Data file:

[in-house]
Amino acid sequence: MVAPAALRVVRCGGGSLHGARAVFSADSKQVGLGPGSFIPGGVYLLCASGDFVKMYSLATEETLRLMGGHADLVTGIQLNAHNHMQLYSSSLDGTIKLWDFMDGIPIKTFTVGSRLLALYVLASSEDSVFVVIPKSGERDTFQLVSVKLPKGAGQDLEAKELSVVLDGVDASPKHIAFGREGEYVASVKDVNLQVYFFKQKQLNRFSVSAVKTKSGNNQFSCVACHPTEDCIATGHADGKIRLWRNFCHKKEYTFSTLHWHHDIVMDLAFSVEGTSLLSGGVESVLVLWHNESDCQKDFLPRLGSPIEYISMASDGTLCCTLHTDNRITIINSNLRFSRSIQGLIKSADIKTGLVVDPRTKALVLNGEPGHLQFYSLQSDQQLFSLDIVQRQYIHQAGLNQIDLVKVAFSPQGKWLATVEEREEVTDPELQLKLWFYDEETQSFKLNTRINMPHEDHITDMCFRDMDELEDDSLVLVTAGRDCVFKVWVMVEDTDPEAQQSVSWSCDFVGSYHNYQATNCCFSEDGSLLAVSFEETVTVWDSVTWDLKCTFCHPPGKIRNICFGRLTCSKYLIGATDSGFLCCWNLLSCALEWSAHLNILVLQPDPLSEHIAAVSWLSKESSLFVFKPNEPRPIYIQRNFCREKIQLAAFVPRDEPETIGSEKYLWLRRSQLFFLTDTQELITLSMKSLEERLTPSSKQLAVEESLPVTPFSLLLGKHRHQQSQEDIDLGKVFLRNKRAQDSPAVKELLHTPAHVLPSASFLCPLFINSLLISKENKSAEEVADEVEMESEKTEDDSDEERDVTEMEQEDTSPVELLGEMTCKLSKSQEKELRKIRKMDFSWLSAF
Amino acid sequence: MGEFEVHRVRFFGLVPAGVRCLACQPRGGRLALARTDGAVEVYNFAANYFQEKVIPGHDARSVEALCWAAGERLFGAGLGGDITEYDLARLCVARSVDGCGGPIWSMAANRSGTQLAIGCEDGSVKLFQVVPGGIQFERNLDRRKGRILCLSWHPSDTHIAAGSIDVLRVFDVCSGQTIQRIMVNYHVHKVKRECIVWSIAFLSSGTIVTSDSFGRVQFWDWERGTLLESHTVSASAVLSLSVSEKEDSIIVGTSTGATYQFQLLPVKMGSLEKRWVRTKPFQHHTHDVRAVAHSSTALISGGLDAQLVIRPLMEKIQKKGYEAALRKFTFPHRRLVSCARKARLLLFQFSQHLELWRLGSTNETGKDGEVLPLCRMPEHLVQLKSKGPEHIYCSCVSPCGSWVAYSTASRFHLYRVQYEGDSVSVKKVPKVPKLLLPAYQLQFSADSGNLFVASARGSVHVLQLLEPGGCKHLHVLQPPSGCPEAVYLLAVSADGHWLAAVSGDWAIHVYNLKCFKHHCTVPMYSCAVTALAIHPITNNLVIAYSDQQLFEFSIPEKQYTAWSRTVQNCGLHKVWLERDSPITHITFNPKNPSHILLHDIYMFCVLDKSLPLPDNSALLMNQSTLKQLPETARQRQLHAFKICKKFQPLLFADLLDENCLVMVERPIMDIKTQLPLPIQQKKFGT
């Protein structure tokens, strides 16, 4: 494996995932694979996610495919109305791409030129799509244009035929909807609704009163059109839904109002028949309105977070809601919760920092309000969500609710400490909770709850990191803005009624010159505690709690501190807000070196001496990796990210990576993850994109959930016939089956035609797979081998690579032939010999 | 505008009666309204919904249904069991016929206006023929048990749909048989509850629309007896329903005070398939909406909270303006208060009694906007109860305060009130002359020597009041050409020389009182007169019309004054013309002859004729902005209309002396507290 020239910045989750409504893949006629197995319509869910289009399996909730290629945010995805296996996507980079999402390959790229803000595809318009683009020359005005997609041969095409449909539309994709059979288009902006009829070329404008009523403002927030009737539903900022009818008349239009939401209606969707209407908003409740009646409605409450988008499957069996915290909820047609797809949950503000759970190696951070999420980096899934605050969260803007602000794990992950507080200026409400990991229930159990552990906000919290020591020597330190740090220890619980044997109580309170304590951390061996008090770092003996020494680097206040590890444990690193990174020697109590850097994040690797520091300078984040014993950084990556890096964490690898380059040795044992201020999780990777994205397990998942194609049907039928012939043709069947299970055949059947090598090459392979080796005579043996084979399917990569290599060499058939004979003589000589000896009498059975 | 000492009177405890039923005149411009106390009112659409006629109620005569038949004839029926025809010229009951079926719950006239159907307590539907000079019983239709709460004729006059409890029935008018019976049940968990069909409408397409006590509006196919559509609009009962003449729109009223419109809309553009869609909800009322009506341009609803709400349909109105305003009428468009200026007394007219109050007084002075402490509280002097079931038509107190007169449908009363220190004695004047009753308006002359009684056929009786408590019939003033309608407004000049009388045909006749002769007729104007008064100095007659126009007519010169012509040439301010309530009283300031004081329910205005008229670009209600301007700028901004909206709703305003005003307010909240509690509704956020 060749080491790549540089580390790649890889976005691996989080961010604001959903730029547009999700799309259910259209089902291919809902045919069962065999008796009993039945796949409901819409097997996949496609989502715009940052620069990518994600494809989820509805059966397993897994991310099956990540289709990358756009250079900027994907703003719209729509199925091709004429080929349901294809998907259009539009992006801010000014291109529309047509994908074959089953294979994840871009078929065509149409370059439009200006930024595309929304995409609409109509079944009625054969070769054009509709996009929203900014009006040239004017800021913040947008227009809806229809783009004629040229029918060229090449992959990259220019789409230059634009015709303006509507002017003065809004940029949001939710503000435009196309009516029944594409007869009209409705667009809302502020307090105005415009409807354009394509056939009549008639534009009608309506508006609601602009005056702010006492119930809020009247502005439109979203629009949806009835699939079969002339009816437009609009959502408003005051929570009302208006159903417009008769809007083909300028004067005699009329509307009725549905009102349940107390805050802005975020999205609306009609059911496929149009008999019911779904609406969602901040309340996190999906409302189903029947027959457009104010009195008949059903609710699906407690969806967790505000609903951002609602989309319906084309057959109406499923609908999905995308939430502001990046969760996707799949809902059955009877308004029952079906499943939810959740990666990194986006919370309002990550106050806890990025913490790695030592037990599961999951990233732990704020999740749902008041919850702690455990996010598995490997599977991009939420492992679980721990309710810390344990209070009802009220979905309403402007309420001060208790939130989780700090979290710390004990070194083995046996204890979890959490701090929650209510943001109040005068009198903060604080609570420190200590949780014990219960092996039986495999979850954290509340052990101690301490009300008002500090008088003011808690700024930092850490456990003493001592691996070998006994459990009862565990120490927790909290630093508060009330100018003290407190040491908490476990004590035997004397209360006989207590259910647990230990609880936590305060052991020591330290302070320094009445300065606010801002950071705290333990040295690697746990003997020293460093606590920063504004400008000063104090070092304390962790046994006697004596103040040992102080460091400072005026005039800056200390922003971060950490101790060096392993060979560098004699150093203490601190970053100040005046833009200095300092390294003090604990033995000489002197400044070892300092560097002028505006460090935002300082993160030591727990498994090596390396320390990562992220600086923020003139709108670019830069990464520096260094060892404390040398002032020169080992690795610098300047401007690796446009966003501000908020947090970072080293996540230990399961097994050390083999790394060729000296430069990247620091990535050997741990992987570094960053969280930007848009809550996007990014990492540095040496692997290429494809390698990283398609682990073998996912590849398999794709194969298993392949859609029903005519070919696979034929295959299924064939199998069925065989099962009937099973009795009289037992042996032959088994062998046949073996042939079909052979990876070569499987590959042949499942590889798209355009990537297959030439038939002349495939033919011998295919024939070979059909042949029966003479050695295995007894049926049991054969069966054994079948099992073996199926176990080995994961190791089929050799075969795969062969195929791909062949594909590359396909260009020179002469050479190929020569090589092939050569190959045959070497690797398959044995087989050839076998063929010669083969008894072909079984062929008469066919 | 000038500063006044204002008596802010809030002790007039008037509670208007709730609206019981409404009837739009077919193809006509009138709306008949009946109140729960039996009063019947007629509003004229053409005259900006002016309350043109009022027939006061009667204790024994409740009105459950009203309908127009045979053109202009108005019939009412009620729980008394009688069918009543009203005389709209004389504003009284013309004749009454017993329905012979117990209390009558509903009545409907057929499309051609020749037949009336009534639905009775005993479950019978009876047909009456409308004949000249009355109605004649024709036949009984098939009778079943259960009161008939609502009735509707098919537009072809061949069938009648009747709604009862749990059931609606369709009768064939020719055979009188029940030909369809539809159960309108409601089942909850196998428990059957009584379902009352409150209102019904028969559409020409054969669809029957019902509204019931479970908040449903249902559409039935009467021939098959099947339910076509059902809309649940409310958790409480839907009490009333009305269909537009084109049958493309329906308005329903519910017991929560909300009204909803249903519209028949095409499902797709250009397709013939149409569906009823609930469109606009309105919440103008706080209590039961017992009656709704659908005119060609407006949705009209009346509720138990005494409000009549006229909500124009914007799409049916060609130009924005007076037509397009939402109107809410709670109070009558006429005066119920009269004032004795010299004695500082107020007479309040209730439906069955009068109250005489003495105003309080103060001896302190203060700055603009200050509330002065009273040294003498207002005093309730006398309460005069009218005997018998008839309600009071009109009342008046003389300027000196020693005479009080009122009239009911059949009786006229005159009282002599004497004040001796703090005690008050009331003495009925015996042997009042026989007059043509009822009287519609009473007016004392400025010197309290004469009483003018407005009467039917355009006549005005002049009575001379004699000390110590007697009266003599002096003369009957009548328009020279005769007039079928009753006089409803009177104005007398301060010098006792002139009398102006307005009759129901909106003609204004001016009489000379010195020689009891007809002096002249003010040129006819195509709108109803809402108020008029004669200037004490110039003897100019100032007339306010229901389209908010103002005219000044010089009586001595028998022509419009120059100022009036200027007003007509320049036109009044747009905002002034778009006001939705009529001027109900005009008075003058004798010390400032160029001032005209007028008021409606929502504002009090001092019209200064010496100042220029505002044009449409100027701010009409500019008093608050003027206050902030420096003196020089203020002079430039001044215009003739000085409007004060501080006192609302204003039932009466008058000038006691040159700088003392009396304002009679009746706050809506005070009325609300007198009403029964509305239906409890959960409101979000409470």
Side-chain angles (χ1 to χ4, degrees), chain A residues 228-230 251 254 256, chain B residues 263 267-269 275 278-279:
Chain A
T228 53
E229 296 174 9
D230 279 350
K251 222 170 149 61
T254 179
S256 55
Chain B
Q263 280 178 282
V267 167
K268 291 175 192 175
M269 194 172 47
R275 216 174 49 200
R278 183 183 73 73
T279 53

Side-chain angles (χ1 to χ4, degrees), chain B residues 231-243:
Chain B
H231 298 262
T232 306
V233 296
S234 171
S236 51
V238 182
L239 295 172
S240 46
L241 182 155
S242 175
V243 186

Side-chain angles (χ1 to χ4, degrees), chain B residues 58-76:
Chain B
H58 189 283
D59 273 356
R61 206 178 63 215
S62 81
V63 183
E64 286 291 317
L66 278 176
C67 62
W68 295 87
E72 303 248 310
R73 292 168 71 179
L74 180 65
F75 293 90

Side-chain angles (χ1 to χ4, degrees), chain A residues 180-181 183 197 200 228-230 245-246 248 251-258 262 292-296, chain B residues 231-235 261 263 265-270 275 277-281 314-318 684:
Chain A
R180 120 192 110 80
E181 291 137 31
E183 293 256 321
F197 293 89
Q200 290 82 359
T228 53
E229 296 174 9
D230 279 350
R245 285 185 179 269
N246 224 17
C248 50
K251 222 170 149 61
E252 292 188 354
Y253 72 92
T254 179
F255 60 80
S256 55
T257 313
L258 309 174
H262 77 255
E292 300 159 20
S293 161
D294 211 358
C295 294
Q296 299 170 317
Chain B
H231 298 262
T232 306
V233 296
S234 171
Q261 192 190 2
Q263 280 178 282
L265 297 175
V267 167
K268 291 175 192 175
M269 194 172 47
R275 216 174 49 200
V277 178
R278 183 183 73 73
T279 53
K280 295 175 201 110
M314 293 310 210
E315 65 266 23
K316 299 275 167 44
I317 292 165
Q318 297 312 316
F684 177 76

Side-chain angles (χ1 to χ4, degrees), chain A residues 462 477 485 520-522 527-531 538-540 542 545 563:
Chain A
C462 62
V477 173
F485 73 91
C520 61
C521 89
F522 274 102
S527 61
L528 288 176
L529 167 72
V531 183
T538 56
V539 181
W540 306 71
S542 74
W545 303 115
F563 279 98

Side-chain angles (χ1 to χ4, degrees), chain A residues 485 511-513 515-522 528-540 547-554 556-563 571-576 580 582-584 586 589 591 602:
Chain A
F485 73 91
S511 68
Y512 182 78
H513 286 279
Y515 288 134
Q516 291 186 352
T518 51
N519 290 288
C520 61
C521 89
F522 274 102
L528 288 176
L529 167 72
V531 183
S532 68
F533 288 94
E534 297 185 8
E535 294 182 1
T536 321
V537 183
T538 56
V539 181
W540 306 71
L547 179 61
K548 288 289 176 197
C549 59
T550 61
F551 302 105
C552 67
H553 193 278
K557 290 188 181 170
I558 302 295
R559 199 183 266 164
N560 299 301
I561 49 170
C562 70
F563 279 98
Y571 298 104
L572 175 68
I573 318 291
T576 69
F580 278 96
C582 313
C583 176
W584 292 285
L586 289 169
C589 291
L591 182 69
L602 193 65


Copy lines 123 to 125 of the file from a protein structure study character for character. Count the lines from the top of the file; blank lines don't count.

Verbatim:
Q516 291 186 352
T518 51
N519 290 288